Samannud was the capital of Egypt during the Old Kingdom (Third Dynasty) around 2686-2613 BC. It was known to the ancient Egyptians as “Tjebu” or “Djedu,” and it served as an important center for the worship of the god Ptah.
The city was located in the Delta region of Egypt, near the modern city of Tanta, and was known for its flourishing economy based on agriculture, trade, and craftsmanship. The fertile land allowed for the cultivation of crops such as wheat, barley, and flax, while the Nile River served as a vital trade route, connecting Samannud to other important cities in Egypt.
One of the most distinctive features of Samannud was its temple dedicated to Ptah, the god of creation, craftsmen, and architects. The temple was built in the early Old Kingdom, and it was covered in stunning reliefs and carvings depicting the god Ptah, his consort, and their children. The temple complex also included a palace and a residence for the priests.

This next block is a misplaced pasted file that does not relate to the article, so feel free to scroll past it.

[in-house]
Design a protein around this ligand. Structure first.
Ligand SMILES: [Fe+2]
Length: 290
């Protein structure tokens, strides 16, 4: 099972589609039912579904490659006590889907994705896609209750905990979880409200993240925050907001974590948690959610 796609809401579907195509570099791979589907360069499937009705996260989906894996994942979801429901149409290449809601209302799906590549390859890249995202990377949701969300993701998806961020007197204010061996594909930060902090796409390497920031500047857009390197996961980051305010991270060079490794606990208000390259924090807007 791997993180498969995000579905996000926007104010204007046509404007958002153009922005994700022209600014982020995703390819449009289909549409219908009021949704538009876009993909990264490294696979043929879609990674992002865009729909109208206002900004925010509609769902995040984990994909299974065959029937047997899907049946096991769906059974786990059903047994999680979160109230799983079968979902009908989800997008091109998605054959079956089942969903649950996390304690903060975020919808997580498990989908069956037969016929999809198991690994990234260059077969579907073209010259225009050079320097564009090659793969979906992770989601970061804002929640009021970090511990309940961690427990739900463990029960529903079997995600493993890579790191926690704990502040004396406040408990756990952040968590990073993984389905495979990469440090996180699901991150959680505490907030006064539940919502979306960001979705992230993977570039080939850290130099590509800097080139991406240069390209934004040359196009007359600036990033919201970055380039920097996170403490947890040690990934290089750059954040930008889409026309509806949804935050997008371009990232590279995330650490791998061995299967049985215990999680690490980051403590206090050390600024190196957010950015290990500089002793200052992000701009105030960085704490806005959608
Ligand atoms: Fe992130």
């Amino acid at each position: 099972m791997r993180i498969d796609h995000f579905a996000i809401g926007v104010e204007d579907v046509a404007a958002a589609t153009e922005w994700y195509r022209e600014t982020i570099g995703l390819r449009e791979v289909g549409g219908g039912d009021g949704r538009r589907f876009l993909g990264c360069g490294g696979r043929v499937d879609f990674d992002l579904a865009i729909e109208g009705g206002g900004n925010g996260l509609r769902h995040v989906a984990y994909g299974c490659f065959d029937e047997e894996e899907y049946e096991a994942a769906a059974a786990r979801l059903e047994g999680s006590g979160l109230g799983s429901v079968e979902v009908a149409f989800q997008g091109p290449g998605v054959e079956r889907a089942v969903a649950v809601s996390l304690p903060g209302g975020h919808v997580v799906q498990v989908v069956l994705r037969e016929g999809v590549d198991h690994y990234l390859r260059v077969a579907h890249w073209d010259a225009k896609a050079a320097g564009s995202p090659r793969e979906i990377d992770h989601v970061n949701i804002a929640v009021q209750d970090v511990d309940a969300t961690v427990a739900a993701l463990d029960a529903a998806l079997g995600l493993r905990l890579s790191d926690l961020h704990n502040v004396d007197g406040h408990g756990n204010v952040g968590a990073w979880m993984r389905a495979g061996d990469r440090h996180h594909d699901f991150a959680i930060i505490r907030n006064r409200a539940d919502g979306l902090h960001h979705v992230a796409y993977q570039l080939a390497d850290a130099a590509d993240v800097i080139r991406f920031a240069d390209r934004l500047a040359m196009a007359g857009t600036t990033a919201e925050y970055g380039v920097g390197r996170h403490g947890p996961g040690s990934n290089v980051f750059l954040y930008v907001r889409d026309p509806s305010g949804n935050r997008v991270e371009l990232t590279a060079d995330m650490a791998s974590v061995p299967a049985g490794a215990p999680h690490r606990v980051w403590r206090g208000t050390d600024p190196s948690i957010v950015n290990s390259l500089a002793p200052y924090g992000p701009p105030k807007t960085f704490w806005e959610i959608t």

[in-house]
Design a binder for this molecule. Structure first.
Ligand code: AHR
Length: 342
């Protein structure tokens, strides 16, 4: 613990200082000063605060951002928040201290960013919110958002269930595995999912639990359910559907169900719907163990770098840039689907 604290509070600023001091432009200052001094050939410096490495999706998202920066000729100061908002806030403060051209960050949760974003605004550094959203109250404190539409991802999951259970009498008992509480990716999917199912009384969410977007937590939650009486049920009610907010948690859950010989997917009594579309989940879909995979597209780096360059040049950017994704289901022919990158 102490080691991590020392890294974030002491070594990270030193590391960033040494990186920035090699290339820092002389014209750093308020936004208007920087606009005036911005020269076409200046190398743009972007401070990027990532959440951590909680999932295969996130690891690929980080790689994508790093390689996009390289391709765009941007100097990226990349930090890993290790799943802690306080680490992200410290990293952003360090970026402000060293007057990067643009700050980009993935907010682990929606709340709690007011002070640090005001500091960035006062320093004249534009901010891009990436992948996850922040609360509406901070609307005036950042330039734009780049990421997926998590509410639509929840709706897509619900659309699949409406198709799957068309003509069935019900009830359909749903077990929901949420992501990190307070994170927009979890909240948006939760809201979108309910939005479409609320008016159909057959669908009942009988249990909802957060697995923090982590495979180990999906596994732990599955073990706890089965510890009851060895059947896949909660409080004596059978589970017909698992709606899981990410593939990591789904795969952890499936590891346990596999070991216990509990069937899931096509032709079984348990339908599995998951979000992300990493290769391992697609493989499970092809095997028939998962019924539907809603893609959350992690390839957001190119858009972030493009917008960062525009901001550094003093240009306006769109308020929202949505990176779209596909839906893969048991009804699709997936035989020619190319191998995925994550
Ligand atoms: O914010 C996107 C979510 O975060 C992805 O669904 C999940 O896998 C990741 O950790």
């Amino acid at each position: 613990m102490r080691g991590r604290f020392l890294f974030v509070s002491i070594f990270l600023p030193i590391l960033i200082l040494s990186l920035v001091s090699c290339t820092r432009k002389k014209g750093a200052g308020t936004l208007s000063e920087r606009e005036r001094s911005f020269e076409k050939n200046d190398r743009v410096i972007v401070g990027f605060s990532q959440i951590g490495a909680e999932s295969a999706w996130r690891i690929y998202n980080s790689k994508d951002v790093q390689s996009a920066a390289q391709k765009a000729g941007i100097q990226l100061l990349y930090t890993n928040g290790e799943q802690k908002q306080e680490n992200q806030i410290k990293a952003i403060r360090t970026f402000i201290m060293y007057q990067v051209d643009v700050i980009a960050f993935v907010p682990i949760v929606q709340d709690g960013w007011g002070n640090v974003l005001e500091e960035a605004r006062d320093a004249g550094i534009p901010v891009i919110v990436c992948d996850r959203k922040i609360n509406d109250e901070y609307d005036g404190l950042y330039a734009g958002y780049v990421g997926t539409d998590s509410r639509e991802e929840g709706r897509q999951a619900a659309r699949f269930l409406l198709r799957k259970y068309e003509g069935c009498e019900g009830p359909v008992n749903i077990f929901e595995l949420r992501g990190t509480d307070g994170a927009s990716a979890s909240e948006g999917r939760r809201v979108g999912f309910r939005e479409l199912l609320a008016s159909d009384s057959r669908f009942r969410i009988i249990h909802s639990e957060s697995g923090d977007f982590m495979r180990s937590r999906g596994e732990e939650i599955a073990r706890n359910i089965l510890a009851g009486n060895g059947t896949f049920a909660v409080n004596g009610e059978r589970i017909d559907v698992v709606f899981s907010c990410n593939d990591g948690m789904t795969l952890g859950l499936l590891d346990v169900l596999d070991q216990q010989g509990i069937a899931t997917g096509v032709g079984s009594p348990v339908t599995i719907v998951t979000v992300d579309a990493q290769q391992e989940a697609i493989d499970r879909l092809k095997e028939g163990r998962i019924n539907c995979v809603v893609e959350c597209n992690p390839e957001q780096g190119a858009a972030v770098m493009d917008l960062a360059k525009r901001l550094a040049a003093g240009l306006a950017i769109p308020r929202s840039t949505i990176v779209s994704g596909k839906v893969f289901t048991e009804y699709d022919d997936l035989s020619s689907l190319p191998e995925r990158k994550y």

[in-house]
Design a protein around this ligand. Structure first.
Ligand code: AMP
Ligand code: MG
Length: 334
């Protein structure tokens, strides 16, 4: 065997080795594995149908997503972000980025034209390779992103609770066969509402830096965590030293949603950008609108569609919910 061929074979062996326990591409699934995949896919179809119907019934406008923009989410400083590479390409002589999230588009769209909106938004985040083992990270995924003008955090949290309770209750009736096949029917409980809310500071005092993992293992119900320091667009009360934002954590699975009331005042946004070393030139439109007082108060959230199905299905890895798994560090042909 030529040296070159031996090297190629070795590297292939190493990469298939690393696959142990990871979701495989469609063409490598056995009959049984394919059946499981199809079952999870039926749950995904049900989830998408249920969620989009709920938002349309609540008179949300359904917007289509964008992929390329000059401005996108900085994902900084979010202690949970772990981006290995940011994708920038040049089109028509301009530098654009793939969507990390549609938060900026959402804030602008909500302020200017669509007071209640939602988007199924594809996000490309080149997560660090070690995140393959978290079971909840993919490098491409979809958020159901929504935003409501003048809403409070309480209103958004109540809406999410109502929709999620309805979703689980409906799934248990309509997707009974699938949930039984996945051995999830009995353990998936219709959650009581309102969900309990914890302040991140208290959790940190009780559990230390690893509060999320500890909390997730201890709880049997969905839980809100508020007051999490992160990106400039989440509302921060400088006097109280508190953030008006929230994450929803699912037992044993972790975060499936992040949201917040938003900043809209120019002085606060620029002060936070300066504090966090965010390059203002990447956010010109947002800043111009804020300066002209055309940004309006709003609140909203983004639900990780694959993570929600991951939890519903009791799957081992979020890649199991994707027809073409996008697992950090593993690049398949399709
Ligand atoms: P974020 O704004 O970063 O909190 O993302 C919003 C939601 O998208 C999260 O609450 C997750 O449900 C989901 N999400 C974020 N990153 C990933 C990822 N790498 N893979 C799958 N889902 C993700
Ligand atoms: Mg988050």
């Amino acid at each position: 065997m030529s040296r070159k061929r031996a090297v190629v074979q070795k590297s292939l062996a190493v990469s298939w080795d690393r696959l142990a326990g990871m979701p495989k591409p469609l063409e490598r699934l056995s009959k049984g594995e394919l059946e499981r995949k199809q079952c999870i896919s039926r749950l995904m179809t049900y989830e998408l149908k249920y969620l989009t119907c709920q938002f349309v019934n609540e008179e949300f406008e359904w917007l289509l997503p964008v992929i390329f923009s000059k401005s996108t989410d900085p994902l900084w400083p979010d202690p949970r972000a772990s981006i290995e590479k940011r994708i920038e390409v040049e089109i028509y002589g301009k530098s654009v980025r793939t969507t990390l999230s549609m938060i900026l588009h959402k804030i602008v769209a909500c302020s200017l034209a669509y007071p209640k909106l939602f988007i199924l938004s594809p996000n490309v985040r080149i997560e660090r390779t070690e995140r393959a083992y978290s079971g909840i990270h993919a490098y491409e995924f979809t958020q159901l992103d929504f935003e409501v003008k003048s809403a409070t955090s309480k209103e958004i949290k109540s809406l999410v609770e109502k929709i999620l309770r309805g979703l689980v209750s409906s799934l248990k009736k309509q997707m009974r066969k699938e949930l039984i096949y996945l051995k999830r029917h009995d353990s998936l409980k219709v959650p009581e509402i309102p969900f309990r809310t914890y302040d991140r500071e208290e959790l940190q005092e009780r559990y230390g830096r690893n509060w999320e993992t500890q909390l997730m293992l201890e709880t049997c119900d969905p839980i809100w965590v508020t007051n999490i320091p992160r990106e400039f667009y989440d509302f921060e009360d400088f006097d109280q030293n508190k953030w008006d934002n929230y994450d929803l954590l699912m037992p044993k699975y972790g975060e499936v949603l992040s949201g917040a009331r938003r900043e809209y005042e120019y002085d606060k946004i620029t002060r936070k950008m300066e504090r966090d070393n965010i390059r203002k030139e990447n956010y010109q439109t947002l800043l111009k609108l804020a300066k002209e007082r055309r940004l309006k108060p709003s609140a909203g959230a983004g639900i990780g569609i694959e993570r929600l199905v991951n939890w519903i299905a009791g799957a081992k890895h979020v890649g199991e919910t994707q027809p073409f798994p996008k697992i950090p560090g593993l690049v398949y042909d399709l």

Samannud was also known for its skilled craftsmen who produced a variety of luxury goods such as jewelry, pottery, and textiles. The products were traded throughout Egypt and beyond, which contributed to the city’s wealth. In addition to its economic and religious importance, Samannud played a significant role in the political history of ancient Egypt. During the Old Kingdom, it was the site of a rebellion against the central government by local governors, which led to the collapse of the Old Kingdom and the rise of the First Intermediate Period.
little remains of the ancient city of Samannud, except for a few ruins of the temple and some archaeological sites. But its legacy lives on through its important role in the history of Egypt and its contributions to the country’s economy, religion, and politics.